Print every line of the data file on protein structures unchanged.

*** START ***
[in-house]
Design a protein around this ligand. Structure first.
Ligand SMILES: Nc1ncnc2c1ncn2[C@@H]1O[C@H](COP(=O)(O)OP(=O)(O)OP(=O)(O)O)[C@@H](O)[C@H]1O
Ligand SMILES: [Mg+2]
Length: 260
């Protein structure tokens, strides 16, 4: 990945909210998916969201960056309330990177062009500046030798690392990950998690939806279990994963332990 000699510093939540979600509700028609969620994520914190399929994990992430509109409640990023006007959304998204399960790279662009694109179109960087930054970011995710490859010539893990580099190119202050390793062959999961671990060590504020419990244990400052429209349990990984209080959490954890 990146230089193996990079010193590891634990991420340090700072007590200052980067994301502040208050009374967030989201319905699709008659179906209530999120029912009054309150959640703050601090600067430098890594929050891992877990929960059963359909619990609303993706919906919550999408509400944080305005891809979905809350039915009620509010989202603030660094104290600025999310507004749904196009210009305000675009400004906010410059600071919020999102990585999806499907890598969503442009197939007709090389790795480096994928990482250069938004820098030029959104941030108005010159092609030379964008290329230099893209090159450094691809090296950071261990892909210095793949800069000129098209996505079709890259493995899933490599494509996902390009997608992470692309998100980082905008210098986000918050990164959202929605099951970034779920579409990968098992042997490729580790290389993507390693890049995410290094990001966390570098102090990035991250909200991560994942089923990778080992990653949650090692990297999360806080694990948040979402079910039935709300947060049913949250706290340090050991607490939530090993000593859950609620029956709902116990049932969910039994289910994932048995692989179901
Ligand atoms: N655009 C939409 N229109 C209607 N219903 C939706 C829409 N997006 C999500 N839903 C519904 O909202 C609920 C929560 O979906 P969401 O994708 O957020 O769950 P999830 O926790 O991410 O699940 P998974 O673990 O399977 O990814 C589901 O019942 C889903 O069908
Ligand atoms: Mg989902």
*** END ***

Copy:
[in-house]
Design a protein around this ligand. Structure first.
Ligand SMILES: Nc1ncnc2c1ncn2[C@@H]1O[C@H](COP(=O)(O)OP(=O)(O)OP(=O)(O)O)[C@@H](O)[C@H]1O
Ligand SMILES: [Mg+2]
Length: 260
């Protein structure tokens, strides 16, 4: 990945909210998916969201960056309330990177062009500046030798690392990950998690939806279990994963332990 000699510093939540979600509700028609969620994520914190399929994990992430509109409640990023006007959304998204399960790279662009694109179109960087930054970011995710490859010539893990580099190119202050390793062959999961671990060590504020419990244990400052429209349990990984209080959490954890 990146230089193996990079010193590891634990991420340090700072007590200052980067994301502040208050009374967030989201319905699709008659179906209530999120029912009054309150959640703050601090600067430098890594929050891992877990929960059963359909619990609303993706919906919550999408509400944080305005891809979905809350039915009620509010989202603030660094104290600025999310507004749904196009210009305000675009400004906010410059600071919020999102990585999806499907890598969503442009197939007709090389790795480096994928990482250069938004820098030029959104941030108005010159092609030379964008290329230099893209090159450094691809090296950071261990892909210095793949800069000129098209996505079709890259493995899933490599494509996902390009997608992470692309998100980082905008210098986000918050990164959202929605099951970034779920579409990968098992042997490729580790290389993507390693890049995410290094990001966390570098102090990035991250909200991560994942089923990778080992990653949650090692990297999360806080694990948040979402079910039935709300947060049913949250706290340090050991607490939530090993000593859950609620029956709902116990049932969910039994289910994932048995692989179901
Ligand atoms: N655009 C939409 N229109 C209607 N219903 C939706 C829409 N997006 C999500 N839903 C519904 O909202 C609920 C929560 O979906 P969401 O994708 O957020 O769950 P999830 O926790 O991410 O699940 P998974 O673990 O399977 O990814 C589901 O019942 C889903 O069908
Ligand atoms: Mg989902």